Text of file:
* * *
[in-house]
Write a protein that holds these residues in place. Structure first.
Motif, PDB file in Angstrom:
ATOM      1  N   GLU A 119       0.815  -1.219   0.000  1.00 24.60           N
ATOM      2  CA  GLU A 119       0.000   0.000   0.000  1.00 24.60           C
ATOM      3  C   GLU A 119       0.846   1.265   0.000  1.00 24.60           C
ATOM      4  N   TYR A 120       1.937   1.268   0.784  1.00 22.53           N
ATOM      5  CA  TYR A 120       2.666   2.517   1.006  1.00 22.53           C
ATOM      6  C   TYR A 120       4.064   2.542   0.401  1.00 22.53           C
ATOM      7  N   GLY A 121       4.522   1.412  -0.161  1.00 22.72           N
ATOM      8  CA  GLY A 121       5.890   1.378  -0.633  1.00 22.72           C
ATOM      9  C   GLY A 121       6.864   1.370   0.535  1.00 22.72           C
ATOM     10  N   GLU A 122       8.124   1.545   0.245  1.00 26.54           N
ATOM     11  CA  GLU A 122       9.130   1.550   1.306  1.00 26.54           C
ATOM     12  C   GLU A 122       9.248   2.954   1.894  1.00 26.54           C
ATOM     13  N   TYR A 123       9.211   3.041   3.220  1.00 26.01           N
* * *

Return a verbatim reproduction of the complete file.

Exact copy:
[in-house]
Write a protein that holds these residues in place. Structure first.
Motif, PDB file in Angstrom:
ATOM      1  N   GLU A 119       0.815  -1.219   0.000  1.00 24.60           N
ATOM      2  CA  GLU A 119       0.000   0.000   0.000  1.00 24.60           C
ATOM      3  C   GLU A 119       0.846   1.265   0.000  1.00 24.60           C
ATOM      4  N   TYR A 120       1.937   1.268   0.784  1.00 22.53           N
ATOM      5  CA  TYR A 120       2.666   2.517   1.006  1.00 22.53           C
ATOM      6  C   TYR A 120       4.064   2.542   0.401  1.00 22.53           C
ATOM      7  N   GLY A 121       4.522   1.412  -0.161  1.00 22.72           N
ATOM      8  CA  GLY A 121       5.890   1.378  -0.633  1.00 22.72           C
ATOM      9  C   GLY A 121       6.864   1.370   0.535  1.00 22.72           C
ATOM     10  N   GLU A 122       8.124   1.545   0.245  1.00 26.54           N
ATOM     11  CA  GLU A 122       9.130   1.550   1.306  1.00 26.54           C
ATOM     12  C   GLU A 122       9.248   2.954   1.894  1.00 26.54           C
ATOM     13  N   TYR A 123       9.211   3.041   3.220  1.00 26.01           N